Latest from 'Fifth Element' director is beautiful, boring

“Valerian and the City of a Thousand Planets” is the most beautiful bore of the summer. And the fault is in its stars.

If “The Fifth Element” is director Luc Besson's “Star Wars,” then “Valerian” personifies the prequels: a more lush and vivid galaxy with millions of species, but one where any semblance of life from its leads is far, far away.

In their mission to unmask a threat at the center of Alpha — a city comprising some 1,000 planets — Major Valerian (Dane DeHaan) and Sergeant Laureline (Cara Delevingne) make Anakin and Padme look like Han and Leia. They are dreary and dreadful.

Every rich, detailed world they visit or scarcely escape is diluted by their dullness and monotone delivery. The action-packed film's most engaging sequence is its opening: a montage of handshakes — handshakes! — between United Human Federation leaders and the diverse alien races emigrating to Alpha, all set to David Bowie's “Space Oddity.”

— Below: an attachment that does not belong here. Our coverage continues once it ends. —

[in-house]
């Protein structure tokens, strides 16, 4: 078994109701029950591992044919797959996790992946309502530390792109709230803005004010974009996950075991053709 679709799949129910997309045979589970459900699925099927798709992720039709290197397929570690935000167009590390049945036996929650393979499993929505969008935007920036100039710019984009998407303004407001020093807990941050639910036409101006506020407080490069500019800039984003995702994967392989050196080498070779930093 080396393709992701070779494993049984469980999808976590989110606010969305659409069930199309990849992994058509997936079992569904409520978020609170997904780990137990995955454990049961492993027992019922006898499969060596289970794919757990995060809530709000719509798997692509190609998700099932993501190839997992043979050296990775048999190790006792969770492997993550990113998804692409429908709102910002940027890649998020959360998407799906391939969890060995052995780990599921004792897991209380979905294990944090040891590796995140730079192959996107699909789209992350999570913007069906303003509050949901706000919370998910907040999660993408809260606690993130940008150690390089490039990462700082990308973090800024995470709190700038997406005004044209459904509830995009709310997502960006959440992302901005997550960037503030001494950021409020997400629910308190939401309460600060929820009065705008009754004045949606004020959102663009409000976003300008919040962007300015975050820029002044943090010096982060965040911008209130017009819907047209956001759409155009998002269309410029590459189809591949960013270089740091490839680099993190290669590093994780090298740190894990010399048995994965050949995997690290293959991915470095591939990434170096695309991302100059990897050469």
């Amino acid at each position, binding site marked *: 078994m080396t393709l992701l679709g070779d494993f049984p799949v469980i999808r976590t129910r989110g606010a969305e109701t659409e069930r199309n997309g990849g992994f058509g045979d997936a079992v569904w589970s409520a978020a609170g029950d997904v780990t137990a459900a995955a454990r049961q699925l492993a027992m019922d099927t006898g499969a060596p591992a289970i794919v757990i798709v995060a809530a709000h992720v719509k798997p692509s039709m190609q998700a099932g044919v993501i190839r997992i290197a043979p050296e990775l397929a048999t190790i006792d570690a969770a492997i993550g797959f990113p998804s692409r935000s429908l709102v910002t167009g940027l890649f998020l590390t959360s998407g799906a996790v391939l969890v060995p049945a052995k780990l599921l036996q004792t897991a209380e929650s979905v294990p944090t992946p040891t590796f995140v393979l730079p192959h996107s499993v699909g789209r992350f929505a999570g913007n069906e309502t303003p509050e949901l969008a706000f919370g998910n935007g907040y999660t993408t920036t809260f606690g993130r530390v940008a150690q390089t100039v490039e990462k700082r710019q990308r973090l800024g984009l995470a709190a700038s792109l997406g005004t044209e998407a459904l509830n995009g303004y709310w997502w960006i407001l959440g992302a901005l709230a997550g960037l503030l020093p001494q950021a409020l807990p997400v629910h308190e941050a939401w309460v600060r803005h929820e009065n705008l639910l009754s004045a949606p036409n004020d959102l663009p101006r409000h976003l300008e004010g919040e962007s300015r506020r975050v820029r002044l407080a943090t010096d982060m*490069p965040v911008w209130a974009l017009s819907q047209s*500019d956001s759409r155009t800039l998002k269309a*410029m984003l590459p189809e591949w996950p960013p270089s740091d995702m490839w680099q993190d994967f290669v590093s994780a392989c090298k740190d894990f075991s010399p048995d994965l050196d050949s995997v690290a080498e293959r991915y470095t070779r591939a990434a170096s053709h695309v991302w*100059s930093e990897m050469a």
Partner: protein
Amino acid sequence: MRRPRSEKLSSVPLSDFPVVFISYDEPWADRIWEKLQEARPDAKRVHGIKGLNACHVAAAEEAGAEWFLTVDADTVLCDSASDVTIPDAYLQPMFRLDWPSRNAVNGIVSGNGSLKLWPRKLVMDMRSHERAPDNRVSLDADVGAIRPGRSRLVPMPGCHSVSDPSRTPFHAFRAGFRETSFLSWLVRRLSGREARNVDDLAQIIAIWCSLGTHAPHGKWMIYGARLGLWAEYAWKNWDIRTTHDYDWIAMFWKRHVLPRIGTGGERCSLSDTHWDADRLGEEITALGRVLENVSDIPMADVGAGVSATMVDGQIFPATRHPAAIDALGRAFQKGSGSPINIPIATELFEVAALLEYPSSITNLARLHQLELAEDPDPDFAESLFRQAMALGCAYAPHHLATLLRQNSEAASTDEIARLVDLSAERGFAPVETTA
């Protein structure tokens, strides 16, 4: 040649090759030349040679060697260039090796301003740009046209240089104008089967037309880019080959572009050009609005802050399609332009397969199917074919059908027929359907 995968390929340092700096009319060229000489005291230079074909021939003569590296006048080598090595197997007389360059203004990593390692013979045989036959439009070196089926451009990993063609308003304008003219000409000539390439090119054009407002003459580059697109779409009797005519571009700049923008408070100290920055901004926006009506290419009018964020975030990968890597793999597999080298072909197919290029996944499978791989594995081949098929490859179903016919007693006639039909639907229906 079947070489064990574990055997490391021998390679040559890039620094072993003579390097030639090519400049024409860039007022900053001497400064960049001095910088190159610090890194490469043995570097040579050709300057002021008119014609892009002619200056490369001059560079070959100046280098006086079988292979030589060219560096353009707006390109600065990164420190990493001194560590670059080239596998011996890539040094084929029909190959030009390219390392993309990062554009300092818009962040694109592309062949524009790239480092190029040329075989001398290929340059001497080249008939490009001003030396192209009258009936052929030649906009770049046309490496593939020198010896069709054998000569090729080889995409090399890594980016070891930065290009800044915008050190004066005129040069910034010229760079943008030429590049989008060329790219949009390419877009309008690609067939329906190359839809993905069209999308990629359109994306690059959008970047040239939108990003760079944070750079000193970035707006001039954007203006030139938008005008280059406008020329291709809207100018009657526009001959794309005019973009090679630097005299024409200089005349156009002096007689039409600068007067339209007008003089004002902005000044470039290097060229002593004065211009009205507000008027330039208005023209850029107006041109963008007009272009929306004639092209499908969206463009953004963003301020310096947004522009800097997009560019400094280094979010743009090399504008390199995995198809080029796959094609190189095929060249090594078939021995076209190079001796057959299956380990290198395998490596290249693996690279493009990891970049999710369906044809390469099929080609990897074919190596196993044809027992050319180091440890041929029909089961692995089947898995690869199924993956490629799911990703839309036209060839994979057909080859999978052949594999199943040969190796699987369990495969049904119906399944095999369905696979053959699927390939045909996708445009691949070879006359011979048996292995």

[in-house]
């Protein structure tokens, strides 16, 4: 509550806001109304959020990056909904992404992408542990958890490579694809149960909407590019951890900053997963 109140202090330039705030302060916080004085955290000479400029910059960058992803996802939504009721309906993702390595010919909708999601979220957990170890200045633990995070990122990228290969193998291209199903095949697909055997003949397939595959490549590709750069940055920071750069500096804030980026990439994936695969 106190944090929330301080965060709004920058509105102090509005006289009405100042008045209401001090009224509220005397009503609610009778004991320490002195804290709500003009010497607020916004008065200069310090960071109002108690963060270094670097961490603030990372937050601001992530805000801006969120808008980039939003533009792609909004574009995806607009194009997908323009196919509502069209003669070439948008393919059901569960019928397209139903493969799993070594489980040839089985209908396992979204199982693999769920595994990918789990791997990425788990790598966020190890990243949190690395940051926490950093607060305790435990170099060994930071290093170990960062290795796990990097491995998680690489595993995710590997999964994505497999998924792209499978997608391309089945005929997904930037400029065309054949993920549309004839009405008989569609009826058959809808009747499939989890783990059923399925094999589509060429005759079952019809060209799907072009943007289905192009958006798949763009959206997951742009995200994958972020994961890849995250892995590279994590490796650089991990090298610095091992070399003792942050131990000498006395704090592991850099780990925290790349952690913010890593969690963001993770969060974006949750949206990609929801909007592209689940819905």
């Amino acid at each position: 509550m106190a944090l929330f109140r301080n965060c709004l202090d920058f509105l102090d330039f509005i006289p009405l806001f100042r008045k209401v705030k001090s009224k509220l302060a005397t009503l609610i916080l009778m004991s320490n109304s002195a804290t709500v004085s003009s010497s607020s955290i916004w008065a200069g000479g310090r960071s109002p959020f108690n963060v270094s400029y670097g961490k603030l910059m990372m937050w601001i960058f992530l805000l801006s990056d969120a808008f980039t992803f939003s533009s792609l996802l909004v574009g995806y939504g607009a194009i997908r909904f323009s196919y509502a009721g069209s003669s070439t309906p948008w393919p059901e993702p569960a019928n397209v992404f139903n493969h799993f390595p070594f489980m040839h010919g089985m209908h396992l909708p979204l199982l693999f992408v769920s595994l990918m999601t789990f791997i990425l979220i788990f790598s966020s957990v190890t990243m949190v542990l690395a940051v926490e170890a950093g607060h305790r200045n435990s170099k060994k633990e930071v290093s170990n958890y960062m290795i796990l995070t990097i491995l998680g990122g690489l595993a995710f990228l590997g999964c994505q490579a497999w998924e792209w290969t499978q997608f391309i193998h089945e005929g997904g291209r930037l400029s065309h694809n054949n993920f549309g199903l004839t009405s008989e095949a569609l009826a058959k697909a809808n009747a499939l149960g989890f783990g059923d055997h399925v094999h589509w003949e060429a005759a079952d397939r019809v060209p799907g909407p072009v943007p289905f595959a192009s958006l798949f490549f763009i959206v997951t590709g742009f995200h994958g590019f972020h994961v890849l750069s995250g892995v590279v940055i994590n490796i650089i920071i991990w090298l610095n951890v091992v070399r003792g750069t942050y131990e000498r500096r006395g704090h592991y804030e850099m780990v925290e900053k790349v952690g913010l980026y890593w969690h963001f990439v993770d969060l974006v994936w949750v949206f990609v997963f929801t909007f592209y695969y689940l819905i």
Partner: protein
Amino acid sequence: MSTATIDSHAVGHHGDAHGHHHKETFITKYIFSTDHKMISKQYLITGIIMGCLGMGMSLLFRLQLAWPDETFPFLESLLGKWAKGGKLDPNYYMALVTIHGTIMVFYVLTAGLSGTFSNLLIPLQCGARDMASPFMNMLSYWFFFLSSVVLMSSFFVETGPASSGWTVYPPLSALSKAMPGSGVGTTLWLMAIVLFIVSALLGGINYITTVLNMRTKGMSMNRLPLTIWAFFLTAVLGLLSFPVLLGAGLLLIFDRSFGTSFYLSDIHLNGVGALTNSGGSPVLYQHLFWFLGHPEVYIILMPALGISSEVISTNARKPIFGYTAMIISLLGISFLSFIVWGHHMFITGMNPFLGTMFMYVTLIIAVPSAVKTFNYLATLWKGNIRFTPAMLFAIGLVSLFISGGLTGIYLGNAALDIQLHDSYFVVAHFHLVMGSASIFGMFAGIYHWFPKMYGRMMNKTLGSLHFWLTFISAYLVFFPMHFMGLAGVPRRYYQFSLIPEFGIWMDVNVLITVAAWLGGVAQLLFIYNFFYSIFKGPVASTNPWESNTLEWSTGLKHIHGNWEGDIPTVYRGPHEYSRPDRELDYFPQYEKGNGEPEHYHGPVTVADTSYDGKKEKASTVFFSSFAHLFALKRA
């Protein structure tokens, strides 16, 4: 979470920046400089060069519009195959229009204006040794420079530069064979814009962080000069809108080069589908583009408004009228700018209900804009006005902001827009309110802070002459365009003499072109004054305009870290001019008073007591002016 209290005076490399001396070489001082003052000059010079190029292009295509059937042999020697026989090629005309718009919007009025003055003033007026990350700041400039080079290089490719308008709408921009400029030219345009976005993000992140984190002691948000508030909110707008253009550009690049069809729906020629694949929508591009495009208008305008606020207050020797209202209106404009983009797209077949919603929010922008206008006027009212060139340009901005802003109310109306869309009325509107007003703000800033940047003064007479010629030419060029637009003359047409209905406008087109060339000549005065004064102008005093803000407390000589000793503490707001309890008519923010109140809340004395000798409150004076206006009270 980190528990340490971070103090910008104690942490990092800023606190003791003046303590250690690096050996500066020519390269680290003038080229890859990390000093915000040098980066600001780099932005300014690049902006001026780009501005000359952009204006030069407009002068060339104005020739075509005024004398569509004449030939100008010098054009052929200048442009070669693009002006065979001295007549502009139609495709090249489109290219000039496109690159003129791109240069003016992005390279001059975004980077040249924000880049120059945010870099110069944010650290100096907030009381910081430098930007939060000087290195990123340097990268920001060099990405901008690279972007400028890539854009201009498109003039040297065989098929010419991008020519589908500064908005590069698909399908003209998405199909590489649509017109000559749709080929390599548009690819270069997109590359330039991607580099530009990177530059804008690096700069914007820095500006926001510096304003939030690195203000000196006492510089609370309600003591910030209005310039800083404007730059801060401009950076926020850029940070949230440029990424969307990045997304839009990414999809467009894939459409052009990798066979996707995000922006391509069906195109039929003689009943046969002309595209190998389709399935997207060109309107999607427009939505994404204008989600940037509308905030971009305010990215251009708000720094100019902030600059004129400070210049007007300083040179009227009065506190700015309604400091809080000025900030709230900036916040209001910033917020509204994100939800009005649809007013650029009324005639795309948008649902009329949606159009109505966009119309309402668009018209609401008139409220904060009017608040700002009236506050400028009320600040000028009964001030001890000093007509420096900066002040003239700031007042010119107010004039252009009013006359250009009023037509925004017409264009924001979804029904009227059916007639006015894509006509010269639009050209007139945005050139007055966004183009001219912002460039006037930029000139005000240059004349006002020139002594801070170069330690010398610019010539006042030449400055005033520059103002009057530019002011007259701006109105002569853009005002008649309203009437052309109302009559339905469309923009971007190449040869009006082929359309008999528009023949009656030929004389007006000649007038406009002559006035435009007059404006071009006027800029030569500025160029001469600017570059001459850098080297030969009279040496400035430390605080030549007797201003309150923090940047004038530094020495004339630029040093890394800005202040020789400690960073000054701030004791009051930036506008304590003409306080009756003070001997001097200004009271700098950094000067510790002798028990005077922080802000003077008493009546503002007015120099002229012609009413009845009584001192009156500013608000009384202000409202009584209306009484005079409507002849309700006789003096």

But there's something wrong, Major Tom. From Alpha we're transported to Mul — think "Avatar," only at the beach. A peaceful planet where lizard-like creatures produce power-generating pearls, Mul's citizens are massacred by an outside force in the film's first breathtaking barrage of special effects.

Much like the evolution of its imagery in the recent "Planet of the Apes" series, Weta Digital does not disappoint. It created almost all the passion in "Planets," and once again proves that its computer-generated effects are lightyears ahead of the competition.

In "Valerian," aliens are Weta's apes, boasting more pronounced and powerful expressions than their human counterparts, sometimes without even speaking a word. They make the movie glow, at times literally (and 3-D viewing is not required; if anything, it compromises “Valerian's” vibrancy, and DeHaan and Delevingne already have that covered).

But there are some humans that represent their federation with integrity: Commander Arun Filitt (Clive Owen) and Jolly the Pimp (Ethan Hawke). Well, maybe integrity is the wrong word for a pimp. Regardless, both veteran actors bring much-needed heart to "Valerian," while singer Rihanna hits some surprising high notes as the buoyant Bubble.

Though the story is sometimes weighed down with predictability, it is a voraciously proud and unique sci-fi adventure that so badly wants to have fun. If only the film's leading black-ops weren't black holes that suck the life out of its stunning set pieces and upbeat outer-space sequences.

With “Valerian,” Luc Besson again proves to be a visionary. But in looking to the stars, he lost sight of those sitting on his casting couch.